Winter’s icy grip wreaked havoc across a wide swath of the northern U.S. on Tuesday, bringing sleet, snow, ice, power outages and commuter headaches to more than 100 million people from Seattle to Boston.
The worst of Tuesday’s eastern storm will wind down Wednesday, though strong winds and snow showers will still create a wintry feel in the Midwest and Northeast.
Meanwhile, for folks in the West, the weather misery is only getting started: The storm that slammed Washington state Tuesday will roar down the coast into California over the next few days, walloping the region with torrential rain and yards of snow.
“The worst of the storm is forecast to focus on central and northern California, with a heightened threat of flooding, mudslides, erosion, power outages, avalanches and road-closing snowfall in the mountains,” AccuWeather meteorologist Alex Sosnowski warned.
On Tuesday, while the eastern storm dumped snow and ice on the Midwest and Northeast, it also brought rain, floods, high winds and tornado warnings to the Southeast, AccuWeather meteorologist Tyler Roys said.
“This storm is unique in that it brought a significant storm to Seattle and a wintry mess to so many big cities – Chicago, Detroit, New York and Boston,” Roys told USA TODAY. “When you include the South, the storm is impacting almost every part of the United States in some shape or form.”
As of late Tuesday, almost 90,000 homes and businesses were without power in Washington state alone, and another 100,000 plus in the Midwest and South.
More than 4,000 flights were canceled or delayed nationwide, including 1,000 in and out of New York’s Kennedy and LaGuardia airports.
Newark International Airport reported some incoming flights were being delayed at departure cities by four hours.
Commuters across most of the nation’s northern tier were also affected by the snow and ice. As much as a foot and a half of snow pasted portions of Minnesota, Wisconsin and Michigan over the past few days, the National Weather Service said.
“Expect your drive to be at least twice as long,” Michigan’s Transportation Department warned Detroit commuters. “Icy rain making for tough driving conditions. SLOW DOWN!”
Parts of northern New Jersey were bracing for up to 8 inches of snow and ice, and Gov. Phil Murphy declared a state of emergency for the entire state. Upstate New York and northern New England could see up to 18 inches.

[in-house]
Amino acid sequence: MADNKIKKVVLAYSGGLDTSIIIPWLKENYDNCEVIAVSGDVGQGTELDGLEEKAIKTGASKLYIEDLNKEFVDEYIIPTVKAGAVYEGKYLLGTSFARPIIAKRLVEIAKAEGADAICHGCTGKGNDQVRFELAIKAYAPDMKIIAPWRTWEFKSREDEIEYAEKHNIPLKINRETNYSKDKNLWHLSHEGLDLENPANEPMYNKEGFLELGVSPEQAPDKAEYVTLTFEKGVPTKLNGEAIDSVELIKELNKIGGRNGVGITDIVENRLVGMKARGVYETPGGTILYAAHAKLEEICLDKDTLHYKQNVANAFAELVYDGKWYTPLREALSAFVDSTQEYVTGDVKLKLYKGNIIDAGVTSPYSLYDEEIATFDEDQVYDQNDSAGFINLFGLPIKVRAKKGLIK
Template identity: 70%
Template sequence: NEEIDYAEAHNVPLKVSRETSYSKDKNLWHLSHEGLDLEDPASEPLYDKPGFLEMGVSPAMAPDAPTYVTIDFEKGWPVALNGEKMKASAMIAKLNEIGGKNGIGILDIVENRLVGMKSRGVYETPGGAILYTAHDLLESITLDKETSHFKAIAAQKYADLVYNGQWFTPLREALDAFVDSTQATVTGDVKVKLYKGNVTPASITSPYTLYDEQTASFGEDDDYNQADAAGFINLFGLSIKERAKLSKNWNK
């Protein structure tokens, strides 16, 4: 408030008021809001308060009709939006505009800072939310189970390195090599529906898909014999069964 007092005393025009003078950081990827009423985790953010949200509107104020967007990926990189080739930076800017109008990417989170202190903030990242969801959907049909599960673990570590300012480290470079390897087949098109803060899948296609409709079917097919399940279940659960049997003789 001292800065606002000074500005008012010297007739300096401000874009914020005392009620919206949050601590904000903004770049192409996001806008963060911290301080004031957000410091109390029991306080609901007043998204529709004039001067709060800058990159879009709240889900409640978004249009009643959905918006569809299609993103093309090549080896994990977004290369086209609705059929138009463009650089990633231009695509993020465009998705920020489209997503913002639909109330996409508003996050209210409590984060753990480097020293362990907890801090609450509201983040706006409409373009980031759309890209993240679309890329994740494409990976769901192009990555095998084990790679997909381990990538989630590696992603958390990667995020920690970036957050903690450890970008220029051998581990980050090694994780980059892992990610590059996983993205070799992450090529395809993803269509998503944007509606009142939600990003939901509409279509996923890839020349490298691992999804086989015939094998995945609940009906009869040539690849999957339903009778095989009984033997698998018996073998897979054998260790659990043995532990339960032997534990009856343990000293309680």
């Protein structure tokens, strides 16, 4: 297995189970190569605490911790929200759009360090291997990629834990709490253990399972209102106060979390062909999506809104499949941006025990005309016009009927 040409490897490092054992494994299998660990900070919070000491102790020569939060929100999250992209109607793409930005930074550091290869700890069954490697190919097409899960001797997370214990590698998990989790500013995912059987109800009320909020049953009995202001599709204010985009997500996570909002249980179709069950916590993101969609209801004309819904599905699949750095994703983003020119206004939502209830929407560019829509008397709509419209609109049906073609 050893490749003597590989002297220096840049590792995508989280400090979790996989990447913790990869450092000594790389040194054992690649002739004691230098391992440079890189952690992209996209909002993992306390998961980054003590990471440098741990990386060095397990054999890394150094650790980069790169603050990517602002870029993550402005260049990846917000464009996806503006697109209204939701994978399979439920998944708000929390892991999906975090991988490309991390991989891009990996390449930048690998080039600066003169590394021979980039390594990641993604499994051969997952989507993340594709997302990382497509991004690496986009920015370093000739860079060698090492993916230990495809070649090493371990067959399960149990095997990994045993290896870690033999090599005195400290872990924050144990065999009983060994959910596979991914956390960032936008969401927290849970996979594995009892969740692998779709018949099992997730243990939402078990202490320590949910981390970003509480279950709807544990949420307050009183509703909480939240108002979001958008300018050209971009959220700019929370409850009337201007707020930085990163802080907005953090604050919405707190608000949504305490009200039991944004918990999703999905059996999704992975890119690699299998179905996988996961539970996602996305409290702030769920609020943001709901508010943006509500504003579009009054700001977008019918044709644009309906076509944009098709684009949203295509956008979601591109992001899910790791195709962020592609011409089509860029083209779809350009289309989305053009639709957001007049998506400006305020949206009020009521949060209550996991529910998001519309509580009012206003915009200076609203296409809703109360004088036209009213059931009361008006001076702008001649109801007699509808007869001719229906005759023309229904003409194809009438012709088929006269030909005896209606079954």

Areas north of Baltimore were hit with more than 5 inches of snow Monday topped by sleet and freezing rain Tuesday. In Philadelphia, a passenger was injured when a SEPTA bus jackknifed and crashed into a North Philadelphia home on a snowy, slick street.
Schools in Seattle and across much of the area were shuttered for a second straight day Tuesday as a mix of rain and snow continued to fall across the region.
The city, which averages less than 7 inches of snow a year, already has seen three times that amount. Boston’s snow total this month, before Tuesday: 0 inches. Seattle: 20.2 inches.
The 20.2 inches of snow this month at Sea-Tac airport makes it the snowiest February on record for that location, the Weather Service said.
And in downtown Seattle, only one other February had more snow: In 1916, when 35.4 inches fell.
“Here’s another statistic that sets this month apart,” the Seattle Weather Service office tweeted. “Including ALL months going back to 1894, there have been only been 5 months (including this one) in which 6+ inch snowfall occurred twice in the same month.”
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Even Hawaii had been under siege, although the storms eased Tuesday. The state Parks Division reported that “for perhaps the first time ever” snow fell in a Hawaii state park.
Sixty-foot waves and wind gusts up to 191 mph also were part of a fierce weekend storm that toppled trees and power lines.
“The forecasters were calling this an unprecedented event and we concur,” said Sam Lemmo, administrator for Hawaii’s Office of Conservation and Coastal Lands. “We rarely if ever have seen the combination of record high on-shore waves, coupled with gale-force winds.”